Please let me know if you have any interest in my notes on how to talk to family about these things, and what to expect. If you aren’t interested, no problem. Just be honest with me. I don’t want to waste my time if you don’t have any interest.

        Thanks. I hope you are doing better.

        All my best,
        Alethea

    • little nel says:

      Hi M,

      I am so sorry for what you had to endure in childhood to keep yourself from being an outcast. No child should ever have to put in that situation.

      You told the truth about Bob when you were asked as a child, but the adults didn’t want to acknowledge that Bob was a perp.

      I know how it feels to be forced to live a lie in childhood because an adult broke the law and did not want to suffer the consequences.

      Bob is one who is responsible for abusing you and lying to your sister to save his sorry ass from the consequences of his behavior towards you. She betrayed you so that she could keep Bob in her life. I’m sure that she felt justified because “ruin” was the only other option.

      Too bad the women in your family did not have backbones. It sounds like they all paid a dear price for their lack of accepting the fact that Bob was a pervert who molests little girls when no one else is around.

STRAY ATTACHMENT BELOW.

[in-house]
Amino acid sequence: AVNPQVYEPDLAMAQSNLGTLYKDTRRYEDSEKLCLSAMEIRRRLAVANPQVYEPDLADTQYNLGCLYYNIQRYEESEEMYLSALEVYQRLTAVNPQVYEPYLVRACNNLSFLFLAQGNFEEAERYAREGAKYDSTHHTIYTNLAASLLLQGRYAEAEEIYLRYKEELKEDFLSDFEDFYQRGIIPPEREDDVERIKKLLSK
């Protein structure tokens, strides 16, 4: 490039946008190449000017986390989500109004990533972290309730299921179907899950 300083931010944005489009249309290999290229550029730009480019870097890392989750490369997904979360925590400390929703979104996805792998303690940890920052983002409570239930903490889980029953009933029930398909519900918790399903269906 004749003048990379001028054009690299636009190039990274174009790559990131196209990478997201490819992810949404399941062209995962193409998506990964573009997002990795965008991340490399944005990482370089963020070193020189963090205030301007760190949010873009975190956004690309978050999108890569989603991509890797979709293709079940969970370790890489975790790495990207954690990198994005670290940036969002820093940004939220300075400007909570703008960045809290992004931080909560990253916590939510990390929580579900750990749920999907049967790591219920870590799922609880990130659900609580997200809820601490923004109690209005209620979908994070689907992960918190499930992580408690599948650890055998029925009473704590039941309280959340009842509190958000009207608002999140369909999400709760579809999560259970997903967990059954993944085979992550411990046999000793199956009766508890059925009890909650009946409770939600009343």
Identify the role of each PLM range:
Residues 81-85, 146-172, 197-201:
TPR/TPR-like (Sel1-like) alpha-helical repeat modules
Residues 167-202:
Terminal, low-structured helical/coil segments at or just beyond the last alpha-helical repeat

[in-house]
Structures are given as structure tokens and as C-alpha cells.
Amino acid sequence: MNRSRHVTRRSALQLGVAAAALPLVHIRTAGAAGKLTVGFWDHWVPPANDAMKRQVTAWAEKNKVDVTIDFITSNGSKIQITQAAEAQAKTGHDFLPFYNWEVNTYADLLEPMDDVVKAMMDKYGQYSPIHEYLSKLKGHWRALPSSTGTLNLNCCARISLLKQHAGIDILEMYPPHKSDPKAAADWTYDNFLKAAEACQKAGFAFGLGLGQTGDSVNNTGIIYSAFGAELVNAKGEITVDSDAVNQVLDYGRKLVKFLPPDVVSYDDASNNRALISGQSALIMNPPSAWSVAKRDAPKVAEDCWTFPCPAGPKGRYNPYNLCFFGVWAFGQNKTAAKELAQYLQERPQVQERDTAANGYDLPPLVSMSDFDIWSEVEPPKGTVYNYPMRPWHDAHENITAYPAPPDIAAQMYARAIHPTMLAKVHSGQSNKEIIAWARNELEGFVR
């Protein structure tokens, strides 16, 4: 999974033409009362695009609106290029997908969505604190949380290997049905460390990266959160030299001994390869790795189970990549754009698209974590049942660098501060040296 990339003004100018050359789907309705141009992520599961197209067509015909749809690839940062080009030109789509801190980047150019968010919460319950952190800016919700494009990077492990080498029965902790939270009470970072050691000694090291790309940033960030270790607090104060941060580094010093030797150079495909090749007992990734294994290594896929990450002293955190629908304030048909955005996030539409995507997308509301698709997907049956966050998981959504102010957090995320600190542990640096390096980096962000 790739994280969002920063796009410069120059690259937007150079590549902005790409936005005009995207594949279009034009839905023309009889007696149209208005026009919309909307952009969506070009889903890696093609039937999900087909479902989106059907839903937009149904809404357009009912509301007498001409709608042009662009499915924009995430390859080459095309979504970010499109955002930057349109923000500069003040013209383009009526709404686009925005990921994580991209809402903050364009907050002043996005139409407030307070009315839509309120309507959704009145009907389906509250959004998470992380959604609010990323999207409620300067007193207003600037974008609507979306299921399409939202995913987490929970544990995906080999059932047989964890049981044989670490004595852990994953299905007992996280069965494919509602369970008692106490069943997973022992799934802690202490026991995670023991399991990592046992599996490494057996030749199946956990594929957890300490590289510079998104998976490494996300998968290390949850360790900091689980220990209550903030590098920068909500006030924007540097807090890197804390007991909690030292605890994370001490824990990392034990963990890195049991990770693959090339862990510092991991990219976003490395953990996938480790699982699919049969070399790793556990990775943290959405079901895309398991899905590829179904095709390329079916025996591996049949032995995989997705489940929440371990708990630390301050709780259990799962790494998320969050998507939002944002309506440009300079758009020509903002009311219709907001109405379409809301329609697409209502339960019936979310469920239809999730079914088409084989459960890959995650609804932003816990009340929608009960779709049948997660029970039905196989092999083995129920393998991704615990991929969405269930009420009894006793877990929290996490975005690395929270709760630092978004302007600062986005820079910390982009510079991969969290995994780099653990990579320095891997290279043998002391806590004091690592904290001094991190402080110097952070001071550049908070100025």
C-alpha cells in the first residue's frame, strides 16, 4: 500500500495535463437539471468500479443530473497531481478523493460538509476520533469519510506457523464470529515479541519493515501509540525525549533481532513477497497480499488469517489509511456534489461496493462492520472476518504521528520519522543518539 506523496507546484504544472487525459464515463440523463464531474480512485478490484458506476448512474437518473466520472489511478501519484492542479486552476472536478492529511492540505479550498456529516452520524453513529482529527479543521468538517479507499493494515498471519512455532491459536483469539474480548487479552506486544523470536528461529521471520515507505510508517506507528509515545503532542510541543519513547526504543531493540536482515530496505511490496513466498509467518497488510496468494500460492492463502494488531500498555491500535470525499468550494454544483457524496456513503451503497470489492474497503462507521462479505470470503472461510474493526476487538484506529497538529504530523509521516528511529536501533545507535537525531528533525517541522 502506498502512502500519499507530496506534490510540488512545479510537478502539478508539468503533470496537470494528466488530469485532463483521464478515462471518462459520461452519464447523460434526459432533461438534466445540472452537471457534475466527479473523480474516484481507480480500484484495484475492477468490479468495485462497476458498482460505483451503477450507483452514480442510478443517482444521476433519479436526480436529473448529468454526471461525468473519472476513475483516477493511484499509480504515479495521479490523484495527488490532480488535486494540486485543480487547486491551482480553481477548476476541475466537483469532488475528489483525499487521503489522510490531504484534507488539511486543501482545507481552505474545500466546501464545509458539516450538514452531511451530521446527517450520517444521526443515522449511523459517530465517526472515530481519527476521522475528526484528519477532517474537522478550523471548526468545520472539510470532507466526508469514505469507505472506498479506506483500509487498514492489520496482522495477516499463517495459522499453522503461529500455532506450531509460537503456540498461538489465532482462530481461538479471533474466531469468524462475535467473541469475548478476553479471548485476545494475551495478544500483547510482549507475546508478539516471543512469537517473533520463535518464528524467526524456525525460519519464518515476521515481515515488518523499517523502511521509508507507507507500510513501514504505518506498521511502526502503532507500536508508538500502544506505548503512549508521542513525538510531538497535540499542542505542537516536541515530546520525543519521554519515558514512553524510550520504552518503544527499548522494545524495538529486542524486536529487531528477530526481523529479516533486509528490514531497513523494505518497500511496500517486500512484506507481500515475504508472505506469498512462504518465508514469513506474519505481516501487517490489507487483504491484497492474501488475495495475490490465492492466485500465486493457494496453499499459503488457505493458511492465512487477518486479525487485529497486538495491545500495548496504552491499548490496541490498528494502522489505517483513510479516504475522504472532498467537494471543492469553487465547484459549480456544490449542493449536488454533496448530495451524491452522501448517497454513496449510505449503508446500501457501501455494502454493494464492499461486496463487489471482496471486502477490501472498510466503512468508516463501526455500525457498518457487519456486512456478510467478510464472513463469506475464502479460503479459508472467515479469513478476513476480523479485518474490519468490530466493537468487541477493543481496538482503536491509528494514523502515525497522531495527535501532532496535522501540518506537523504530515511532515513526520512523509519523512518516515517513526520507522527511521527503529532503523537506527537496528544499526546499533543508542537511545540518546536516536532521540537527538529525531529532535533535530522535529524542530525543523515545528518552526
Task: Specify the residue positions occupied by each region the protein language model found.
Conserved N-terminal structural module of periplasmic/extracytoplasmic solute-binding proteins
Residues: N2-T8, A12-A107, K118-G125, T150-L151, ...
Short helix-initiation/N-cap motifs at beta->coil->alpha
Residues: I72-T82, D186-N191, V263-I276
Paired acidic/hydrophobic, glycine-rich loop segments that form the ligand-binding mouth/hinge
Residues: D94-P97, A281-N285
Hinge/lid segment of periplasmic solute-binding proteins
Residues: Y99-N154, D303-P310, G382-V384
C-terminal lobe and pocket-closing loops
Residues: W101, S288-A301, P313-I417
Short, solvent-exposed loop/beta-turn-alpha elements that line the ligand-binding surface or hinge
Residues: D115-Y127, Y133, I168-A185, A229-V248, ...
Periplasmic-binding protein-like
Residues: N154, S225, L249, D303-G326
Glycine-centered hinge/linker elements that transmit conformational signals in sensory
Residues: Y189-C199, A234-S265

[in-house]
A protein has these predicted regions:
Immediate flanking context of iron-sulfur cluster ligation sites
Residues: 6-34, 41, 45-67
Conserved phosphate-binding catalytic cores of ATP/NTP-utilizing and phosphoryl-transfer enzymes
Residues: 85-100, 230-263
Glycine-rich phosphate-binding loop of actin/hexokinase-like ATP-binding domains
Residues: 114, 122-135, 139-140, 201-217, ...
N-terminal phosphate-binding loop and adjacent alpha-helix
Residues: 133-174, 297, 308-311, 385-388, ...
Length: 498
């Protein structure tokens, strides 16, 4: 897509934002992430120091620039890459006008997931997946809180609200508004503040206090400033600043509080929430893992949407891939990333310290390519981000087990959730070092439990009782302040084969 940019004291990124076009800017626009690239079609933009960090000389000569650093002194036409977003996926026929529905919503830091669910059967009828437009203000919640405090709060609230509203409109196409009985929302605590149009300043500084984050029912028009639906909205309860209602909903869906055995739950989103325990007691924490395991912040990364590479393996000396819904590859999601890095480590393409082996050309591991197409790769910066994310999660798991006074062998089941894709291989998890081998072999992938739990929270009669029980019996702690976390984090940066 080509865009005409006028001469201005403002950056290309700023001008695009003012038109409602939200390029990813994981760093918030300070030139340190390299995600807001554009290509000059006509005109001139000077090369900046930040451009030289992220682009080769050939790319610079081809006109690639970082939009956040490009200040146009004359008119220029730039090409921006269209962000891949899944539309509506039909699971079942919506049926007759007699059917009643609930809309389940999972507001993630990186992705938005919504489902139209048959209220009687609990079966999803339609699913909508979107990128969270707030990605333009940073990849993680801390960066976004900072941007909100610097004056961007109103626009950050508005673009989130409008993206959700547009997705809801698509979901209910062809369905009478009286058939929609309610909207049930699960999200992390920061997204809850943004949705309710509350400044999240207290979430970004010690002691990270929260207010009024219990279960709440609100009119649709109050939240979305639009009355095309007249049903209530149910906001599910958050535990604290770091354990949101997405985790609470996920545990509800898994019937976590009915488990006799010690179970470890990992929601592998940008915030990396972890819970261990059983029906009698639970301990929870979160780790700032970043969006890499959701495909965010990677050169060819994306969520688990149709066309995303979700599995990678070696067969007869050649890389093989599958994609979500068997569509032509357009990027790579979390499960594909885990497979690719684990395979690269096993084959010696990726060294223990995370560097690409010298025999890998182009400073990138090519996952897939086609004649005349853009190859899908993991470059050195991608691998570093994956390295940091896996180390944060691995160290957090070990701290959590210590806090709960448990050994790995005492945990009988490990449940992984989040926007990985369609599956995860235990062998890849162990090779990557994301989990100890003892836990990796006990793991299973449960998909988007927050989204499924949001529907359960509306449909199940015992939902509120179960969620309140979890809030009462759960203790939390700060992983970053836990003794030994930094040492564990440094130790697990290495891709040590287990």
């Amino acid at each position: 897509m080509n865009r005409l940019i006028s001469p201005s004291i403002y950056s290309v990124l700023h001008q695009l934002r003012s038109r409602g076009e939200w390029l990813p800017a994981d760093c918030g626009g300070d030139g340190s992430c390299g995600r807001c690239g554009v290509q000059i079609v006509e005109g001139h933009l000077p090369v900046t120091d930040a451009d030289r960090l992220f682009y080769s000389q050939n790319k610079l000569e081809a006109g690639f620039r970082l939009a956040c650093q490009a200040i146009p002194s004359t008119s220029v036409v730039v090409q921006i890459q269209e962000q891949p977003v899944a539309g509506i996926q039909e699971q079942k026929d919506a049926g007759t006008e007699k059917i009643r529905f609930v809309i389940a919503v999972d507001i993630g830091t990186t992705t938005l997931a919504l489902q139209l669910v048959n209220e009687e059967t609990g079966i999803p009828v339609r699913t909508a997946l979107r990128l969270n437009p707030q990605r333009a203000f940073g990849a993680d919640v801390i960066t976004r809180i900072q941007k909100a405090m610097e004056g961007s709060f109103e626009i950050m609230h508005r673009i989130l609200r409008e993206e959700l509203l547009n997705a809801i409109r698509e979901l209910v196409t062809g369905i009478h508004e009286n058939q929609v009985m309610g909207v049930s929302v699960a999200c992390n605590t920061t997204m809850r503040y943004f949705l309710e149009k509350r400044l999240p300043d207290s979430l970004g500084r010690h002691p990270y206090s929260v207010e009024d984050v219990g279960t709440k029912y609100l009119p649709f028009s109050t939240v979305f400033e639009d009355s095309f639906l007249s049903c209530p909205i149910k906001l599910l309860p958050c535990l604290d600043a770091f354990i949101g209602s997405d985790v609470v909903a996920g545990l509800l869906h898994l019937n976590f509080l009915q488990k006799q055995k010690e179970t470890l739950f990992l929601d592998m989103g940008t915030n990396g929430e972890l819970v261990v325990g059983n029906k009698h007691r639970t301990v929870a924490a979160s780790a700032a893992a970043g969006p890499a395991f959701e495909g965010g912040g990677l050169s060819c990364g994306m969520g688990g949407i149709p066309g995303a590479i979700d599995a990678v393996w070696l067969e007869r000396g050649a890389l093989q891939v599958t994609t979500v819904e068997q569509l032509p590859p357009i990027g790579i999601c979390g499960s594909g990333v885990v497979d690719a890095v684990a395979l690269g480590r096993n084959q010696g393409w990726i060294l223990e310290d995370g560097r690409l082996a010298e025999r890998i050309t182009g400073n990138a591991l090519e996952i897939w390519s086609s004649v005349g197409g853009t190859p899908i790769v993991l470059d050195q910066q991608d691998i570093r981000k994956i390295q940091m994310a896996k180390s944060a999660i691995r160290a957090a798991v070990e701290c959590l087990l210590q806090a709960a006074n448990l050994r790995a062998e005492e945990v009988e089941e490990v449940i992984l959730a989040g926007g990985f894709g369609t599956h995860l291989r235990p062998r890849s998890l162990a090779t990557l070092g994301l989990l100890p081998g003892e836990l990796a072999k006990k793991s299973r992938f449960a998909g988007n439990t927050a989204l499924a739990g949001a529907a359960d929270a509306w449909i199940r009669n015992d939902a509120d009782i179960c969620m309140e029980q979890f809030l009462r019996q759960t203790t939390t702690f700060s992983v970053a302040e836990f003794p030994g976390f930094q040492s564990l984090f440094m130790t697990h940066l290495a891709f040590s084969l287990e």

4. Helen says:

    When I started to remember, I thought there was something wrong with me. My first thought was, “Why am I thinking of my father like that?” I had no clue, then, that I was having memories of incest.

    • little nel says:

      I have clear and cogent memories of things that frightened me in childhood except what transpired at the county home where I was molested by the matron. Those memories are like flashbacks of scenes from a movie.

      I have a clear memory of my brother being dragged by a car when I was 5 and he was 3. I ran after the car and tried to stop it. I succeeded and it saved his life. My efforts produced positive results that day.

      In contrast, my efforts to save myself from sexual abuse failed. I used to think that maybe I wasn’t worth saving.